This month, students across the country will receive college acceptance letters. For many people, the excitement of being one step closer to realizing their dream or reaching a major life milestone is coupled with anxiety about how to pay for it and the prospect of taking on student loan debt.

Compare your financial aid offers now.

To help you navigate these new waters, we’ve just launched a crisp new version of our Paying for College tool kit. Making apples-to-apples comparison of your financial aid offers has never been easier. Now you can compare offers from community college, bachelor’s, certificate, and graduate programs. We’ve incorporated a more user-friendly design and reintroduced the GI Bill calculator, which gives servicemembers the ability to calculate the benefits available to them through the GI Bill and tuition assistance programs.

We also heard from you that you wished our tool would provide information that complemented what schools are providing to students in their financial aid packages. We’re currently piloting a way to do just that. More than 2,000 schools have adopted the Financial Aid Shopping Sheet (developed in partnership with the Department of Education), which they’ll send to prospective students this year. Using this shopping sheet, you’ll be able to compare information, like average debt after graduation, side by side. If you don’t have a financial aid offer, we’ll show you where to find cost info for each school.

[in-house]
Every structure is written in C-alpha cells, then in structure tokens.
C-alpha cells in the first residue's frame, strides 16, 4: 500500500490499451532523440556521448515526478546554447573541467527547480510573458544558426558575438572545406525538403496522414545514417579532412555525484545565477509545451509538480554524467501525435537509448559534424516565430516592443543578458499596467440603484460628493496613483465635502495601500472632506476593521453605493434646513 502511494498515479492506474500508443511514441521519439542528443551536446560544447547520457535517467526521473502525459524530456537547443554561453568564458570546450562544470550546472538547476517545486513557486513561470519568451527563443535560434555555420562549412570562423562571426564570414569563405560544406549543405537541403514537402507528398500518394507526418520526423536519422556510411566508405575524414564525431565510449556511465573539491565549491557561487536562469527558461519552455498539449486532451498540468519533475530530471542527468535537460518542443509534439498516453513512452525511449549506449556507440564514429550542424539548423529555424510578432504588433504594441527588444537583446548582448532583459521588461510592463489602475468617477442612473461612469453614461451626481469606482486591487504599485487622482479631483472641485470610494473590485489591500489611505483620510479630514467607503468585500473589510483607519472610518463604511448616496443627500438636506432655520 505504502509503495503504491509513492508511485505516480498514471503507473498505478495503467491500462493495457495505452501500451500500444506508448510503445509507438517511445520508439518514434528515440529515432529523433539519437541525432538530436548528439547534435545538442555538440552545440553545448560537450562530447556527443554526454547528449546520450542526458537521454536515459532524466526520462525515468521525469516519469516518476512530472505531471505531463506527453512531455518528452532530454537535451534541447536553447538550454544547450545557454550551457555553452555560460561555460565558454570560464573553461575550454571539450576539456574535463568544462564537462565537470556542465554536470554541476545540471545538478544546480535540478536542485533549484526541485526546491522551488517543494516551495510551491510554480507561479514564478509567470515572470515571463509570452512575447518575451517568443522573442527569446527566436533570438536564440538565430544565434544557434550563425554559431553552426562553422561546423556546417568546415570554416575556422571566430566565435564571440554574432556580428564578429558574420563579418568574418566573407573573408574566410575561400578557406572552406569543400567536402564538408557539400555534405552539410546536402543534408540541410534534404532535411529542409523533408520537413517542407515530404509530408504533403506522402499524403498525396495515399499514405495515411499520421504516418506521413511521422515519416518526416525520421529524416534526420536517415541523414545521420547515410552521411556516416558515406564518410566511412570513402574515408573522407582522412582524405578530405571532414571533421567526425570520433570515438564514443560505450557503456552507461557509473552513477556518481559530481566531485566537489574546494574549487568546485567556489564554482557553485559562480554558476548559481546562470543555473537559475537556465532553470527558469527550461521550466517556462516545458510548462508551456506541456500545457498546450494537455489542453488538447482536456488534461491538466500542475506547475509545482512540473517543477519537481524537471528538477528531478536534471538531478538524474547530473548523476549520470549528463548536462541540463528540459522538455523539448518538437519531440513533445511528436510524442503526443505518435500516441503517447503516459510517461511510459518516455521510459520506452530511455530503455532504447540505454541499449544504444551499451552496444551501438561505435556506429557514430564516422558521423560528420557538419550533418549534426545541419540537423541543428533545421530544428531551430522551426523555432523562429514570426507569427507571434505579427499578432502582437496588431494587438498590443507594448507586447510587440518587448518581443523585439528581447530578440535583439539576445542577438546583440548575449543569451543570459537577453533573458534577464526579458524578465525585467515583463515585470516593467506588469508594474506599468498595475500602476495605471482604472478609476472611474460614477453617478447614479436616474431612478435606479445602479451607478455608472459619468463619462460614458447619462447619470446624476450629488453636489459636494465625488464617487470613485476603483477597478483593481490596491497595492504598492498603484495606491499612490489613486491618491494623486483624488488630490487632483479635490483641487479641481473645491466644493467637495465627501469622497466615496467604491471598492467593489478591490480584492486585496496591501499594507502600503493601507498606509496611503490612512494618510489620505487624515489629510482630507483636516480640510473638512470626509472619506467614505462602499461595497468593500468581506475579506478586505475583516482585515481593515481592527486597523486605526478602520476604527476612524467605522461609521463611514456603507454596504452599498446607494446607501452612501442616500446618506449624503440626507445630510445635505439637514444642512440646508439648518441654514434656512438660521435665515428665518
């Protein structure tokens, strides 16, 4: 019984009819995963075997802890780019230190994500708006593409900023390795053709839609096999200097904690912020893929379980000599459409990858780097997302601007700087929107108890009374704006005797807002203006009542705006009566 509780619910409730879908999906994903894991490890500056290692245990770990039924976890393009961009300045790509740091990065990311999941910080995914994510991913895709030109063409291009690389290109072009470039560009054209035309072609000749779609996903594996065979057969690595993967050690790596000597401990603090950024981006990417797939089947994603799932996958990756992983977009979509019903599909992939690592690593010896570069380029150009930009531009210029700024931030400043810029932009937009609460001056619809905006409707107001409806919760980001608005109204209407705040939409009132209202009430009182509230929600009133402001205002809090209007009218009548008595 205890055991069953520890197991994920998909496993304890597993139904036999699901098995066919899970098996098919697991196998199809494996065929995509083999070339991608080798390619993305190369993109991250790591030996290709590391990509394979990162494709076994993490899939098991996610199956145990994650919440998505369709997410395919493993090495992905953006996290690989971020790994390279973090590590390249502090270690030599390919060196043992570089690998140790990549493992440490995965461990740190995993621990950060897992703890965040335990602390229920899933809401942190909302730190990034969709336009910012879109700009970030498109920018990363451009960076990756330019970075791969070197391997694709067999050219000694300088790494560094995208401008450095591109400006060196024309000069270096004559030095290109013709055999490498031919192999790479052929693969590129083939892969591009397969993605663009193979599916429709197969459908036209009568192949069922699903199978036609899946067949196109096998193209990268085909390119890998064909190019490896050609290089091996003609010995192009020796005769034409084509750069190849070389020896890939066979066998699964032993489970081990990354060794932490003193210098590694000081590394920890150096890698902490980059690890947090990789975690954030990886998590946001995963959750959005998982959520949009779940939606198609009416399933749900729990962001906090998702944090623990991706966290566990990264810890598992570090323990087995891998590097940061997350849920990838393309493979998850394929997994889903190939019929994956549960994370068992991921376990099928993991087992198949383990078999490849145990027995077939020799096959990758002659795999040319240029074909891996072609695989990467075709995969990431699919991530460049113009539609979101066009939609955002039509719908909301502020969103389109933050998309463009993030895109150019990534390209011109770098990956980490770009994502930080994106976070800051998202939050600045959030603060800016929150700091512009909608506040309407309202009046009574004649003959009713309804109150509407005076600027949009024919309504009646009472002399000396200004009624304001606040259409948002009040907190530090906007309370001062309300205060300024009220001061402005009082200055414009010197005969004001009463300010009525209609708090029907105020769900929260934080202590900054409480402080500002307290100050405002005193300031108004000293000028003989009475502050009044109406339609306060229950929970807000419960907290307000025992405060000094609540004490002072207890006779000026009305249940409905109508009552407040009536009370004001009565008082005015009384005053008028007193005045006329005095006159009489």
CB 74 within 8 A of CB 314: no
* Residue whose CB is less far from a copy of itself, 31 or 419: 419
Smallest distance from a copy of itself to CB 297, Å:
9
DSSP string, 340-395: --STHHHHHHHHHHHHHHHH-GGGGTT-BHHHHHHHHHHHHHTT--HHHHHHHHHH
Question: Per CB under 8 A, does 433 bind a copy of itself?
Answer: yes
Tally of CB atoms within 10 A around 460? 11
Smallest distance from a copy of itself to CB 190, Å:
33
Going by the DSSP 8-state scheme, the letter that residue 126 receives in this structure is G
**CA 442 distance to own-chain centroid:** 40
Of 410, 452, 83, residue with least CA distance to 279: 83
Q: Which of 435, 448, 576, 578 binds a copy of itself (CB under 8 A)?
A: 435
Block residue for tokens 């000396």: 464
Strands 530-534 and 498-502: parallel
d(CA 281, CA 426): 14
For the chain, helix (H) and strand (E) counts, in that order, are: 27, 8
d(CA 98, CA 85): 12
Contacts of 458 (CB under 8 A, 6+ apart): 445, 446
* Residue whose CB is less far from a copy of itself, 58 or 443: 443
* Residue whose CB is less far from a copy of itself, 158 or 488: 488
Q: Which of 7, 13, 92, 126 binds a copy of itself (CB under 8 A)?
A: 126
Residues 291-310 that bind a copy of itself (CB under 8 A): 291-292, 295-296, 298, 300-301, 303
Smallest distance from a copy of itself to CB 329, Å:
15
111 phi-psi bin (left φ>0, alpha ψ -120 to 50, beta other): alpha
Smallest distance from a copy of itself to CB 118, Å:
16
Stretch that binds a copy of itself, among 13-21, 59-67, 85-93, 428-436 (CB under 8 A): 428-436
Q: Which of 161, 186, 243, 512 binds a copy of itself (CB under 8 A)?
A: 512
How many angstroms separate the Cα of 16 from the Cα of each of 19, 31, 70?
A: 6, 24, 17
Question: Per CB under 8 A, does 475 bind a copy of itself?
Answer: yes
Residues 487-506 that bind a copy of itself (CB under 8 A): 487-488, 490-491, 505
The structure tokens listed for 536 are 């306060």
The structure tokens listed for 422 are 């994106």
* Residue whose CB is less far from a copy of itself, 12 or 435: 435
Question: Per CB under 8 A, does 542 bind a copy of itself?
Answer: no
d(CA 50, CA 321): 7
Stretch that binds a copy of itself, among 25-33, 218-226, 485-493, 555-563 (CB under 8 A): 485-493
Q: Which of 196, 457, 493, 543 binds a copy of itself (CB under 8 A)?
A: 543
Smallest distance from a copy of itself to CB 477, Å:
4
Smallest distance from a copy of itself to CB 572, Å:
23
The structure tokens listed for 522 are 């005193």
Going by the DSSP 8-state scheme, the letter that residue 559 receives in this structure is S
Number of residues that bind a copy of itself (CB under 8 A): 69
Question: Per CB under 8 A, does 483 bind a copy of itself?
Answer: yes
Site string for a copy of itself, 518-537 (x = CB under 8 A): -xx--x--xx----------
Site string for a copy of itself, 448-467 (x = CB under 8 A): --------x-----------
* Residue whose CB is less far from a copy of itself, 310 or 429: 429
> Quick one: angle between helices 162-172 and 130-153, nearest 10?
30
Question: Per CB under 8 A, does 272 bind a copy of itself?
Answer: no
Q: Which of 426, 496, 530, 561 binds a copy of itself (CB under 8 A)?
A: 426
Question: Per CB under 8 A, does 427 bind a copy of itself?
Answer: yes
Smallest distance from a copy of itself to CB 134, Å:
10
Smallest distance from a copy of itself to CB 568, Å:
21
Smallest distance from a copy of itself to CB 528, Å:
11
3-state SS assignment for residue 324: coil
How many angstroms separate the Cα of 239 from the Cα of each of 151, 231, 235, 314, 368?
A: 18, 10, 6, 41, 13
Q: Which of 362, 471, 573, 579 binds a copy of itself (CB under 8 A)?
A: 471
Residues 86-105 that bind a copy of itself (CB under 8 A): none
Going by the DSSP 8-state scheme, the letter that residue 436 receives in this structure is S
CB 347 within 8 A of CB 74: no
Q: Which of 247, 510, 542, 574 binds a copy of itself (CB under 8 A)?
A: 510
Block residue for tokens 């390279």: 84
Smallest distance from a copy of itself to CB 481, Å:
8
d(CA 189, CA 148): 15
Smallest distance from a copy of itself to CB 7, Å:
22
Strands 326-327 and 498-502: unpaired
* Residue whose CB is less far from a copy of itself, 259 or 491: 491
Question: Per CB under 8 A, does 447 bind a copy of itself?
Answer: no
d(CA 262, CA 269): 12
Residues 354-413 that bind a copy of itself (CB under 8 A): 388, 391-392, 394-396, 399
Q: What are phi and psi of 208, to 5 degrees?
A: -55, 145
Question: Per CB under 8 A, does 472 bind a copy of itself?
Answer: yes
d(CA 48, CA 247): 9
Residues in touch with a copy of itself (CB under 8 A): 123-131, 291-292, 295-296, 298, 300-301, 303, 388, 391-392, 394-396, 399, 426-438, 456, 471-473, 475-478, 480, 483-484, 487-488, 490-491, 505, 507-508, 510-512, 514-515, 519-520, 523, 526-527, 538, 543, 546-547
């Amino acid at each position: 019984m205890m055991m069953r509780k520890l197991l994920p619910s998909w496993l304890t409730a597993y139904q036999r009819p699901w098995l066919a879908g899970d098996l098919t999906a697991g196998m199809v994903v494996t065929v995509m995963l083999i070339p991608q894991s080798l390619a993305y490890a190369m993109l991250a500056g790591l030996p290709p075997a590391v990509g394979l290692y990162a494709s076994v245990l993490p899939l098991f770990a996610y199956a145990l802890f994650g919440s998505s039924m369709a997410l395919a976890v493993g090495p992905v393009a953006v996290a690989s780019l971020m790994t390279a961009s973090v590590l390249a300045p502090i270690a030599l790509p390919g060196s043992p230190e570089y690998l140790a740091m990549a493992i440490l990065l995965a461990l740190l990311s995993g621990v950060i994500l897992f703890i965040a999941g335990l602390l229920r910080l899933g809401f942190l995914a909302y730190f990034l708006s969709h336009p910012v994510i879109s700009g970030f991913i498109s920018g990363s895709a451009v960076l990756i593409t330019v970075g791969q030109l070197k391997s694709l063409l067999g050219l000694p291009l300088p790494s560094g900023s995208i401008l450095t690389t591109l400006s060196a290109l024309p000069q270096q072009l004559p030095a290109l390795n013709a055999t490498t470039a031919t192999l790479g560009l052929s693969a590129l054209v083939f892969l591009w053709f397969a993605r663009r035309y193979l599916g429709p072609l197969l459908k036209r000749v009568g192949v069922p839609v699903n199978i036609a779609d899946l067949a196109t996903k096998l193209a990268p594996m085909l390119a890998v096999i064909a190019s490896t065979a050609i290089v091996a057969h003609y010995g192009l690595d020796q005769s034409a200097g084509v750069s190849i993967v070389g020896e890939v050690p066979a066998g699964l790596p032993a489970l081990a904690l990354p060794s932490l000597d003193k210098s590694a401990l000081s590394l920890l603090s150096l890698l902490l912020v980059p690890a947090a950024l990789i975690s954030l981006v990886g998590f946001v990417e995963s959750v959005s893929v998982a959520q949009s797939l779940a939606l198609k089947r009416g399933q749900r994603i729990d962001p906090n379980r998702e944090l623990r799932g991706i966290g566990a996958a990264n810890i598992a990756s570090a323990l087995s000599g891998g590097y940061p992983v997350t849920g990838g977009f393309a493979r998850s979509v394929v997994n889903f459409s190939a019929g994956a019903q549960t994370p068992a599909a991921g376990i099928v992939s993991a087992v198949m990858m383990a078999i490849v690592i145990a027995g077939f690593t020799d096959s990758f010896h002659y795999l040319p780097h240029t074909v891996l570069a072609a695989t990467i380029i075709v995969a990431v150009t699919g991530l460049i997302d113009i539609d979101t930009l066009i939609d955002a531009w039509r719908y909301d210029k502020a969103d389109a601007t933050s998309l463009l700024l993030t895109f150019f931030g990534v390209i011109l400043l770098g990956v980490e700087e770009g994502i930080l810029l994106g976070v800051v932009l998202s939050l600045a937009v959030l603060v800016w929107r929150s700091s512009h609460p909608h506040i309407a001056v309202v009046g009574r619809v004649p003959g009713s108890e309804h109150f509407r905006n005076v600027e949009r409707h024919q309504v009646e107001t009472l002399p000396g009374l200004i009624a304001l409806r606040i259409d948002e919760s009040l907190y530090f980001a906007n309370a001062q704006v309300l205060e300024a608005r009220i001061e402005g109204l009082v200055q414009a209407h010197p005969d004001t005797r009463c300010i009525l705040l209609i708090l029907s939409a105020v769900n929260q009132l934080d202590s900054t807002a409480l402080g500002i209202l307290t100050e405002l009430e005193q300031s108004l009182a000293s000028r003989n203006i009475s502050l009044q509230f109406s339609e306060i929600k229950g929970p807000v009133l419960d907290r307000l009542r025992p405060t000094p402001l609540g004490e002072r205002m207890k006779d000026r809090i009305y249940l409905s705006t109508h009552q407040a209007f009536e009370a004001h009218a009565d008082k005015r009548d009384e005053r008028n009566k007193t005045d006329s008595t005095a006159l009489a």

If you’re considering student loans to help you pay for school, you’re not alone – many students need loans to cover their full cost of attendance. If you have to take out student loans, comparing your options can help you find the student loan best suited for your needs.

We’re excited for your new adventure, and we know that choosing a college is a big deal.

Oh, and — congratulations!

Due to technical issues, the commenting feature of our blog is temporarily unavailable. We’re working to bring this functionality back, and look forward to hearing your feedback and comments about the CFPB’s work soon.